A raging battle between the werewolves and the expedition seemed to seal their fate at the end of the previous episode. Captain Friday recaps how the fight ended with the tragic deaths of Dr Carter, and their guide and temple priest friend Tai Kwan. The werewolves seem satisfied, and leave the survivors alone, but now they face their dangerous trek out of the jungle. Their trip in was only made safe while being prisoners of a caravan. How will they manage to get out safely?
What will the future hold for the troubled land of Cambodia? Will the government be crushed? What about the legend of the jade cobra that helped to bring them here? Instead of danger, nearby Gunfire signals hope that fellow humans from civilization may be near.
A reunion is made, and a declaration of love. Will romance bloom into something more? First our expedition must survive the jungle trail. Just then the drums of the caravan are heard, and Captain Friday appears with a patrol of French soldiers.
PS: I wanted to hold off to the end of this series to tell this. I read a book earlier in the year that took place during the time frame of these installments. It actually spanned the era from just before World War 2 through the mid-1950’s. It’s a book called ‘The Bamboo Cross’ and is about missionaries insome of these same jungles of Cambodia. Though the events in the story may be a little overdramatized, the people of the land really were highly superstitious, holding to beliefs in many gods and what we might call old wives tales. Priests and prophets had a hold over their tribes, and usually in a spirit of fear. Tribes and boundaries were respected. To cross such a long ingrained invisible line meant to start a war between thowse peoples who hated and fered each other over some long forgortten feud.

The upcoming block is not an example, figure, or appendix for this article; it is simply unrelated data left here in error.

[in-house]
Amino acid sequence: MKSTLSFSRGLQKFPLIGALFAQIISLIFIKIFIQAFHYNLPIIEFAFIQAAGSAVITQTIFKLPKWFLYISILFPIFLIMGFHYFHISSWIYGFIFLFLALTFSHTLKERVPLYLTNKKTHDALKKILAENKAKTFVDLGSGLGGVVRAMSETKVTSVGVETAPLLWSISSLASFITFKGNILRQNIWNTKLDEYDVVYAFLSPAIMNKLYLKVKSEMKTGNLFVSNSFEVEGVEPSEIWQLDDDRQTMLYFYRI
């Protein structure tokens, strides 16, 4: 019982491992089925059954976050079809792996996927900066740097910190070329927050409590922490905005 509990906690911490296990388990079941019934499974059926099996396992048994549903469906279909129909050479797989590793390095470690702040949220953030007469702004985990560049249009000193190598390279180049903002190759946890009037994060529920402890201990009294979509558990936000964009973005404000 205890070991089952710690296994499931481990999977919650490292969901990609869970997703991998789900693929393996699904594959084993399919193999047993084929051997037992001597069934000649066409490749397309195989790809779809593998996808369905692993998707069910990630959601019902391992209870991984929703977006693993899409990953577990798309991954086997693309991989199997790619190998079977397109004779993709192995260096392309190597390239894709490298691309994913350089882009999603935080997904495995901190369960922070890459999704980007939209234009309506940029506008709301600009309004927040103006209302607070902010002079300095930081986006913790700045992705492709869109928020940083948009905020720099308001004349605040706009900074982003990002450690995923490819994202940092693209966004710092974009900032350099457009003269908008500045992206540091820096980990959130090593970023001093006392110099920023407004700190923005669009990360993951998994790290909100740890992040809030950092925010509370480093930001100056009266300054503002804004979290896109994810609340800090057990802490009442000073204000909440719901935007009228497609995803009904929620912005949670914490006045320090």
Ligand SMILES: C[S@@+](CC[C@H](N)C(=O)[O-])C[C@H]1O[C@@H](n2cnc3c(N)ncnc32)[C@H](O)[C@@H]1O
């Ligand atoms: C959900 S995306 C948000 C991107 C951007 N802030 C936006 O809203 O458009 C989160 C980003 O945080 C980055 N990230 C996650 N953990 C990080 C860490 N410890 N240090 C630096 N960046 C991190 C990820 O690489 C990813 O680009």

The French government really was falling apart, especially after they were chased out when the Japanese claimed the area in World War 2. Locals hated the Japanese even worse, but the returning French after the war led to increasing uprisings as the Viet Cong drafted as many tribesmen of the jungle as they could to set up a government of their own people. Though the work of the missionaries in the book accomplised a lot of progress, as history played out we all know that the next decade would cause their land to explode into one of the most unpopular wars ever.
Should we have been involved? This isn’t the platform to hash it out. I’ll just say that it was probably time for the local people to be self governed. The bad thing was the methods of the Viet Cong in bullying the natives into service, and the backing they had from communist countries didn’t sit well with the McCarthy era of US politics. Sad times.